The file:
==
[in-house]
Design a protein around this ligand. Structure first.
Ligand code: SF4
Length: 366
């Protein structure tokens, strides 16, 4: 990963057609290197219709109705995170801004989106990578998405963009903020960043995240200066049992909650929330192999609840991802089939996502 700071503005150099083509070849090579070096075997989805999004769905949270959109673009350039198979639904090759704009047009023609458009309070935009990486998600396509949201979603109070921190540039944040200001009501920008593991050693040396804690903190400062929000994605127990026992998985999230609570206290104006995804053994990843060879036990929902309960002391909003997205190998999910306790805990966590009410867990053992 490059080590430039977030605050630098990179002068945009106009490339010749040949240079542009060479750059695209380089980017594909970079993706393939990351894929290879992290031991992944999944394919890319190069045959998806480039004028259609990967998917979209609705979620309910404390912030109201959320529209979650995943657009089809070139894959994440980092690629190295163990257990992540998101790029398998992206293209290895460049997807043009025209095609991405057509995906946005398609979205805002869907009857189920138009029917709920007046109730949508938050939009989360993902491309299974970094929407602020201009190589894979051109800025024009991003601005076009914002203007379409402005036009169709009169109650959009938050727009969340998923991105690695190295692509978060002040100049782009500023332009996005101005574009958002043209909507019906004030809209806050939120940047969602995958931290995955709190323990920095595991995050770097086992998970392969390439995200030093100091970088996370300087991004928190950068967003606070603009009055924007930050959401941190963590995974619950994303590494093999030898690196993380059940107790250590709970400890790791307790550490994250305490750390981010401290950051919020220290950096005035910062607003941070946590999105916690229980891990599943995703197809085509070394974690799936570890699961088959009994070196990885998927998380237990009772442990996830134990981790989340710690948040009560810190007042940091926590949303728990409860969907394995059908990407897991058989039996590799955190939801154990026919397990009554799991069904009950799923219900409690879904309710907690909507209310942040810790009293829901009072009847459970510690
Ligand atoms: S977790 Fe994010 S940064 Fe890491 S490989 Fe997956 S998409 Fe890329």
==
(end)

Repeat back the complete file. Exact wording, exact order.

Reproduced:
[in-house]
Design a protein around this ligand. Structure first.
Ligand code: SF4
Length: 366
């Protein structure tokens, strides 16, 4: 990963057609290197219709109705995170801004989106990578998405963009903020960043995240200066049992909650929330192999609840991802089939996502 700071503005150099083509070849090579070096075997989805999004769905949270959109673009350039198979639904090759704009047009023609458009309070935009990486998600396509949201979603109070921190540039944040200001009501920008593991050693040396804690903190400062929000994605127990026992998985999230609570206290104006995804053994990843060879036990929902309960002391909003997205190998999910306790805990966590009410867990053992 490059080590430039977030605050630098990179002068945009106009490339010749040949240079542009060479750059695209380089980017594909970079993706393939990351894929290879992290031991992944999944394919890319190069045959998806480039004028259609990967998917979209609705979620309910404390912030109201959320529209979650995943657009089809070139894959994440980092690629190295163990257990992540998101790029398998992206293209290895460049997807043009025209095609991405057509995906946005398609979205805002869907009857189920138009029917709920007046109730949508938050939009989360993902491309299974970094929407602020201009190589894979051109800025024009991003601005076009914002203007379409402005036009169709009169109650959009938050727009969340998923991105690695190295692509978060002040100049782009500023332009996005101005574009958002043209909507019906004030809209806050939120940047969602995958931290995955709190323990920095595991995050770097086992998970392969390439995200030093100091970088996370300087991004928190950068967003606070603009009055924007930050959401941190963590995974619950994303590494093999030898690196993380059940107790250590709970400890790791307790550490994250305490750390981010401290950051919020220290950096005035910062607003941070946590999105916690229980891990599943995703197809085509070394974690799936570890699961088959009994070196990885998927998380237990009772442990996830134990981790989340710690948040009560810190007042940091926590949303728990409860969907394995059908990407897991058989039996590799955190939801154990026919397990009554799991069904009950799923219900409690879904309710907690909507209310942040810790009293829901009072009847459970510690
Ligand atoms: S977790 Fe994010 S940064 Fe890491 S490989 Fe997956 S998409 Fe890329």